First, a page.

#2602: Batman – Gotham By Gaslight



“As a young Bruce Wayne takes up the mantle of the Bat, a series of slayings mirroring the work of Jack the Ripper begins.”

DC’s Elseworlds line allowed them to tell stories that fell outside of the confines of a normal universe story, which opened the playing field to all sorts of crazy concepts.  It also lent itself pretty well to lots of “let’s mash up this DC thing with another established thing” scenarios.  This actually goes back to the very first Elseworlds tale, Batman: Gotham by Gaslight, which is “what if Batman was Victorian era and fought Jack the Ripper?”  It’s not high concept, but it’s certainly fun.  It’s also some of Mike Mignola’s earlier work, and has some pretty impressive design work.  The story’s Victorian Batman design is quite distinctive, which makes it ripe for making action figures, as DC Direct did in 2007.


Gotham By Gaslight Batman was released in the second series of DC Direct’s Elseworlds line.  He was one of two Batmen included, the other being the Red Son version of the character, which is another quite distinctive, if perhaps slightly thematically similar version of the Batman design.  The figure stands 6 1/2 inches tall and he has 13 points of articulation.  The articulation’s not a lot, but it was about what you’d expect from DCD at the time.  It’s good for some slight tweaks to his posture, but that’s really it.  It’s certainly better than nothing.  The sculpt was an all-new piece, and it was definitely DCD at their best.  They really had a lot of fun with the artist-specific work in this line, and in the case of this Batman, they’ve done a pretty spot on job of capturing that early Mignola art style.  He doesn’t quite have the extreme hallmarks of later Mignola stuff, but there’s still enough to make it recognizable.  I really like how they’ve translated the texturing of Mignola’s work into something three dimensional, and I also quite enjoy how they’ve managed to keep him rather dynamic while also keeping a fairly neutral pose.  The flow of that cape is just beautiful.  The only thing I’m not too keen on are the ears, which always point a bit inward on mine.  It’s an unfortunate side effect of how small they have to be and how they were packaged in the box, I suppose.  The paint work does a nice job of replicating the way Mignola’s work is illustrated in the book, with a subdued palette and a decent job of outlining the features on the face.  There’s also some great accenting on the belt, as well as some impressive work on the mud stains on his boots and cape.  All in all, a very well rendered paint scheme.  The only slight let down to this guy are the accessories.  All he gets is a stand.  Its not much to go on, and felt quite light given the price these things were going for relative to everything else at the time.


I picked up this guy back when he was brand new, courtesy of my usual comics haunt, Cosmic Comix.  He was the first of the Elseworlds line I grabbed, mostly because I wanted a Mignola Batman figure, and I wasn’t picky about which particular design it was.  I hadn’t even read the comic at the time (I have since).  He’s certainly a nice looking figure, even if he’s maybe not so exciting to actually play with.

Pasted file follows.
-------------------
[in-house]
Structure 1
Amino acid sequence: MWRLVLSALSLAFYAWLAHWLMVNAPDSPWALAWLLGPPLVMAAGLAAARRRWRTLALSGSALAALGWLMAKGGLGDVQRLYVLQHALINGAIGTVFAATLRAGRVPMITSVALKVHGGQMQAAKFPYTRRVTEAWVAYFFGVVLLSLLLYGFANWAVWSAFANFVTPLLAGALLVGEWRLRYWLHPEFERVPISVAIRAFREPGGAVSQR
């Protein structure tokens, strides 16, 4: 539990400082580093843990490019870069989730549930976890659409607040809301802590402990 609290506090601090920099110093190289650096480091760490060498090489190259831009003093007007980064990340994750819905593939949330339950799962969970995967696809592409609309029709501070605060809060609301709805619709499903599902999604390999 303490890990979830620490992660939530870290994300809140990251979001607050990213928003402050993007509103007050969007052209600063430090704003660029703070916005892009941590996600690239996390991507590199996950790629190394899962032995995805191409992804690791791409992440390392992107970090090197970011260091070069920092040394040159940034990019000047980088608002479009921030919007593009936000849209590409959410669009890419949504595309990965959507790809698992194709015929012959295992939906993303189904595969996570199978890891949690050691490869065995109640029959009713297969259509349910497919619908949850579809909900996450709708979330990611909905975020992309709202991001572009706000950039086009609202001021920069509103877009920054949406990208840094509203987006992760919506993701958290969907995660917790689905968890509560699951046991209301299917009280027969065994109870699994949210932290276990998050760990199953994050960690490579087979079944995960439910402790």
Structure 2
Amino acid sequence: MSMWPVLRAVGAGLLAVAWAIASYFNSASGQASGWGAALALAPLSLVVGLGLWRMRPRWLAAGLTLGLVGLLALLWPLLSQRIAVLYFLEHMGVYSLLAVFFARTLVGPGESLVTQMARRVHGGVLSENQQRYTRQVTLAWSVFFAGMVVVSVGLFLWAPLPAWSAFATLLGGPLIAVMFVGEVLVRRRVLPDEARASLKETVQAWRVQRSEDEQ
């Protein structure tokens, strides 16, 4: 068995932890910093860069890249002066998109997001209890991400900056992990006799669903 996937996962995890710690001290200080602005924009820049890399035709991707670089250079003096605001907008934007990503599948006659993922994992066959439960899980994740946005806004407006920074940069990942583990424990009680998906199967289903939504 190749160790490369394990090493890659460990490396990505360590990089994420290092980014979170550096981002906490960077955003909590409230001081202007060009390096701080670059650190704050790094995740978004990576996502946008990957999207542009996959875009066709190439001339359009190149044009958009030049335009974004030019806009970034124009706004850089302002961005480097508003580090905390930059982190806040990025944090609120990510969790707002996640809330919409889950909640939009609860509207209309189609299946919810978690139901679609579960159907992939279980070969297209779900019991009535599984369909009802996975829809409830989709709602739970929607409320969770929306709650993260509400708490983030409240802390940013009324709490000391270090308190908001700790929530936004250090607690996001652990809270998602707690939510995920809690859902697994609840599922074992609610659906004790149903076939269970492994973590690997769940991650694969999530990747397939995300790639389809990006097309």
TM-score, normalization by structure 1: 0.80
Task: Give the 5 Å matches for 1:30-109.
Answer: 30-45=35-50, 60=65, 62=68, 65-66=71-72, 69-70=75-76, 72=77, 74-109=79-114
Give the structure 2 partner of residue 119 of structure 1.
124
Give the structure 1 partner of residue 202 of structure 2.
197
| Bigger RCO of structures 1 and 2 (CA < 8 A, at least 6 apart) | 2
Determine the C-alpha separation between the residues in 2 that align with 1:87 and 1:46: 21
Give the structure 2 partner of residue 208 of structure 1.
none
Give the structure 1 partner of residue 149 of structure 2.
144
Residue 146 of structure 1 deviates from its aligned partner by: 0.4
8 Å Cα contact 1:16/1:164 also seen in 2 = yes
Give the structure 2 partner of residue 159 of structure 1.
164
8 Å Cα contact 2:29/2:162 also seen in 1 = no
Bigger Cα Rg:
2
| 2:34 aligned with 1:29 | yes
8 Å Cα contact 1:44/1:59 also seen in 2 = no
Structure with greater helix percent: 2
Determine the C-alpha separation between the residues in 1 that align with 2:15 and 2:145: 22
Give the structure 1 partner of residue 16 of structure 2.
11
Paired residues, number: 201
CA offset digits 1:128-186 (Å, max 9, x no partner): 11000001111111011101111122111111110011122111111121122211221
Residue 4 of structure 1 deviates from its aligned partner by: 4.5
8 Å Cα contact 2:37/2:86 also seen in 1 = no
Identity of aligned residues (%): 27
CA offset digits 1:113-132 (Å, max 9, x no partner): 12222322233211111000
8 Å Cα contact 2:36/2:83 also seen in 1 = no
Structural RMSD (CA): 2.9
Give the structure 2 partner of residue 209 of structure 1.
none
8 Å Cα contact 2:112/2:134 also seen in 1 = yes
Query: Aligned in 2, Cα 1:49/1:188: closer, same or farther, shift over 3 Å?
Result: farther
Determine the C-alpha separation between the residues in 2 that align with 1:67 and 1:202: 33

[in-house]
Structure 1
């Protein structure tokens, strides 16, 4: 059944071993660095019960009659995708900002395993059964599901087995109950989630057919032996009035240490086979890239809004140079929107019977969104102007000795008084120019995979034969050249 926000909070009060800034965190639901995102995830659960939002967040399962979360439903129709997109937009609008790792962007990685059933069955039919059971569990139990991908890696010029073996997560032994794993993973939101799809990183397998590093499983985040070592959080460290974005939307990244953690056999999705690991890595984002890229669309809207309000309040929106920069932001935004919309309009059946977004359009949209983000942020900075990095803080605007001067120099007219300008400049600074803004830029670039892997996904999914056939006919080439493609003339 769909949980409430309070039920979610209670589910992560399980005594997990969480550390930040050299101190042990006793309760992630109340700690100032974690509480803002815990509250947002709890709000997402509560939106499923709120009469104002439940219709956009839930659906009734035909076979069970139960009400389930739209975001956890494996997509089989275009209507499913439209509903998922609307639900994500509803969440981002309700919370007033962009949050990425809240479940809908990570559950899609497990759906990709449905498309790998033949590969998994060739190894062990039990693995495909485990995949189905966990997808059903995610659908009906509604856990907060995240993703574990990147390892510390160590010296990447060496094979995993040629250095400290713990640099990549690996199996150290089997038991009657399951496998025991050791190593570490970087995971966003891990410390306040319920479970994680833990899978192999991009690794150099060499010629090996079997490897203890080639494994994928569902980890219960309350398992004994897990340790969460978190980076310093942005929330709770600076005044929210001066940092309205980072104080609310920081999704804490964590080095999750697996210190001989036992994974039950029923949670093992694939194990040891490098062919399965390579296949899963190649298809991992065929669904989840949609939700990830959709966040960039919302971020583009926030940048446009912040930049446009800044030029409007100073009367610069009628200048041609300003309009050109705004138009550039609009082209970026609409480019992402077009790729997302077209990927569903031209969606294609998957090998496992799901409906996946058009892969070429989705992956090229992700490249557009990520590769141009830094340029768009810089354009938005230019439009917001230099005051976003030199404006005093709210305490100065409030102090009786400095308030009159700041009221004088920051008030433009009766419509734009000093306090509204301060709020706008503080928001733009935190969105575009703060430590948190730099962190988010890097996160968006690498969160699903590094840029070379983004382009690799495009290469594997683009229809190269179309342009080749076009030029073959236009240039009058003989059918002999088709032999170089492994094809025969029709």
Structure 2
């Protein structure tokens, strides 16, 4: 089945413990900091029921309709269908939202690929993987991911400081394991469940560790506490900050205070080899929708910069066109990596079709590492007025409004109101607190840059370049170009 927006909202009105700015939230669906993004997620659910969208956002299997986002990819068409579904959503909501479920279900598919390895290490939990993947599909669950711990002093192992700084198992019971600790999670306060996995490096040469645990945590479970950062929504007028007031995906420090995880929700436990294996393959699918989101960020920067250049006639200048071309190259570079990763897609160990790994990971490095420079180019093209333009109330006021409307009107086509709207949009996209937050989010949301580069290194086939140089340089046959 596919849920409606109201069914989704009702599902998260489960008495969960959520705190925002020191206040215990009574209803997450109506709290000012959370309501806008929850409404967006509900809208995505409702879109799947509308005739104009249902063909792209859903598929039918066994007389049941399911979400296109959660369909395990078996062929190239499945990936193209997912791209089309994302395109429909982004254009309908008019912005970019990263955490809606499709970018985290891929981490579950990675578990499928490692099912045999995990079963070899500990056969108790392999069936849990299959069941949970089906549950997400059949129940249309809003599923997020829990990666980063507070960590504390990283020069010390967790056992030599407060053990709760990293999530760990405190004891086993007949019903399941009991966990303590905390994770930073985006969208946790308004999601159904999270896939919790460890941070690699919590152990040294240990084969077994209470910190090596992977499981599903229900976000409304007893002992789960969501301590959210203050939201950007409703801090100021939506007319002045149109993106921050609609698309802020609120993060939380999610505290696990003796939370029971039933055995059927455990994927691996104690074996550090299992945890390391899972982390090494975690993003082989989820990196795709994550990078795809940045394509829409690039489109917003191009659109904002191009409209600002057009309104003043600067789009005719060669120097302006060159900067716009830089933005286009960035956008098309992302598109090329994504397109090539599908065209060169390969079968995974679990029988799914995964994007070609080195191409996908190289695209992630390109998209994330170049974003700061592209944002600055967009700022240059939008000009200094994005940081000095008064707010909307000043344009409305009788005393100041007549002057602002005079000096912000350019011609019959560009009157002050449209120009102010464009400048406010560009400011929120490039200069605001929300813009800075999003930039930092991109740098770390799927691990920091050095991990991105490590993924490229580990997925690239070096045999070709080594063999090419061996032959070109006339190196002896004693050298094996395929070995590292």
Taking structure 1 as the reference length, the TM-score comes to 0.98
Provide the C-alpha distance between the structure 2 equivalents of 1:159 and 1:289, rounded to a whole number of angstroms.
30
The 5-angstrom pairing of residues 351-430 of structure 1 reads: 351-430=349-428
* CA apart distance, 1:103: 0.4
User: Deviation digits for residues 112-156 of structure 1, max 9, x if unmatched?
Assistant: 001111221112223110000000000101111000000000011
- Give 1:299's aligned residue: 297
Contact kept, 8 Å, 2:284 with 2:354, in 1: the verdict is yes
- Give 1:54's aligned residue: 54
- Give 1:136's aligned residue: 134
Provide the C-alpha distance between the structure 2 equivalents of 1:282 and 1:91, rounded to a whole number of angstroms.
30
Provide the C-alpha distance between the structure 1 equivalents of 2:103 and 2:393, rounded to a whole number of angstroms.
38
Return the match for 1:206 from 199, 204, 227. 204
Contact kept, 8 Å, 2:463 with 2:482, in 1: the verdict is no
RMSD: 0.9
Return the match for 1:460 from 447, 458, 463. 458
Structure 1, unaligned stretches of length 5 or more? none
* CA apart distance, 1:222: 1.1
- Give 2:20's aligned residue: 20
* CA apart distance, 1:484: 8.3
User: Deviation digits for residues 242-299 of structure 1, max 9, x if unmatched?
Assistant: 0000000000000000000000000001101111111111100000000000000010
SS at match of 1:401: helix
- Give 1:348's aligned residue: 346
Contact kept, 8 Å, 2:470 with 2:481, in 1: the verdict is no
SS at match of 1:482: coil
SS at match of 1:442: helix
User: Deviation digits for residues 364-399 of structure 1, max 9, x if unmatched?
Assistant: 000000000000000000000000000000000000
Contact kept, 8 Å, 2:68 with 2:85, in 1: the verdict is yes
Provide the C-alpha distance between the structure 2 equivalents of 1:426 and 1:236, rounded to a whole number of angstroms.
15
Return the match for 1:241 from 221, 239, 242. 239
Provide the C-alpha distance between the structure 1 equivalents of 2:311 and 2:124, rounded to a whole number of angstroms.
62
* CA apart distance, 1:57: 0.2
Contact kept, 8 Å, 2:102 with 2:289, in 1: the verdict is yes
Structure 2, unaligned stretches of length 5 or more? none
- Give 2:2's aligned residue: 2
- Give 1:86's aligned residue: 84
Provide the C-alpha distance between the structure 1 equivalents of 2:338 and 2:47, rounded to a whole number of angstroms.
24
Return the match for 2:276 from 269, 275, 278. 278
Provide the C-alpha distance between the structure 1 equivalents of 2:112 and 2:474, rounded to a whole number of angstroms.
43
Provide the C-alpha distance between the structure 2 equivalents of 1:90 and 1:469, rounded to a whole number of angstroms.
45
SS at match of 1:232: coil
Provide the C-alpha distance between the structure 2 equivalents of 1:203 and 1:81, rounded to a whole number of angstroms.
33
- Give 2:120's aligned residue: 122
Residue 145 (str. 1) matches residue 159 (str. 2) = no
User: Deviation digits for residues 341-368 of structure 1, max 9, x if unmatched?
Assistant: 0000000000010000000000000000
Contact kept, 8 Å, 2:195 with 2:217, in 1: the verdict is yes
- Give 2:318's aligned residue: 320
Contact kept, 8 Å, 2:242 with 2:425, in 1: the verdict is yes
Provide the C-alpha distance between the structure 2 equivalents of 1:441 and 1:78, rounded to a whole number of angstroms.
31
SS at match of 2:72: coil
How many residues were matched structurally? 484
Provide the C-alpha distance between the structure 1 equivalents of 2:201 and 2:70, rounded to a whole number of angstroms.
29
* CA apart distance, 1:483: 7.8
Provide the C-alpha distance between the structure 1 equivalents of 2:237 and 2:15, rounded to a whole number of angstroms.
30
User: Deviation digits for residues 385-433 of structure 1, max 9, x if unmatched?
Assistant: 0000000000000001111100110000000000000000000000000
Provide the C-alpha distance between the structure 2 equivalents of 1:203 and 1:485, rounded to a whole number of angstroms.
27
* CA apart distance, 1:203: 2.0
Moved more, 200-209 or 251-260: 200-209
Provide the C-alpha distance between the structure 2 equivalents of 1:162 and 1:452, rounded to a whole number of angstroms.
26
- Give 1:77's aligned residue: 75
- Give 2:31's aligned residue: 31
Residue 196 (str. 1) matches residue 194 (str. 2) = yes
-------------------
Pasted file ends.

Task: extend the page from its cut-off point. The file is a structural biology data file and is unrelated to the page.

#0898: Roger




The artificial man is a recurring story element in lots of different popular culture. Typically, it’s the likes of Frankenstein’s monster, or even characters like Ash and Bishop from the Alien franchise, or perhaps just a more generic robot. They’re created through scientific means. However, there are a few examples, such as the Golem or the Homunculi, which are created through supernatural means. Today’s focus, Roger, is officially the latter, but functionally works as the former. Just go with it. Without further ado, here’s Roger!


Roger was released in Series 2 of Mezco’s comic-based Hellboy line. The figure stands just shy of 8 inches tall (Roger’s a big guy) and he has 23 points of articulation. Roger has a sculpt courtesy of Inu Art, and he’s based on Mike Mignola’s artwork from the main series. A lot of Roger’s appearances were actually in BPRD, which was drawn by Guy Davis, not Mignola. However, it makes sense to have all of the figures in this set be in the same basic style (plus Davis’ style isn’t too far removed from Mignola’s to begin with). Roger’s sculpt is totally unique to him. His proportions are a pretty spot-on rendering of what’s seen on the page, and the resemblance to Roger is definitely there.  Roger’s far less clothed than the other two figures I’ve looked at from this line, but that doesn’t mean he lacks Roger2the attention to detail. Like Lobster Johnson, he has that chiseled look, with a ton of cool texturing, which really makes this figure stand out from others. The hatch at the center of his torso is actually articulated to allow it to open (though the interior of his torso is merely simulated, not actually shown). The loop on Roger’s… modesty… plank (?) is a separate, metal piece, which is a nice touch. Roger’s paint consists almost entirely of variations of browns, but there’s enough there to keep him from being too boring. The paint is all nice and clean, and there’s some pretty cool shading throughout the figure. Roger includes a BPRD flak jacket, if you prefer him a bit more clothed, as well as a book with a skull on the front of it.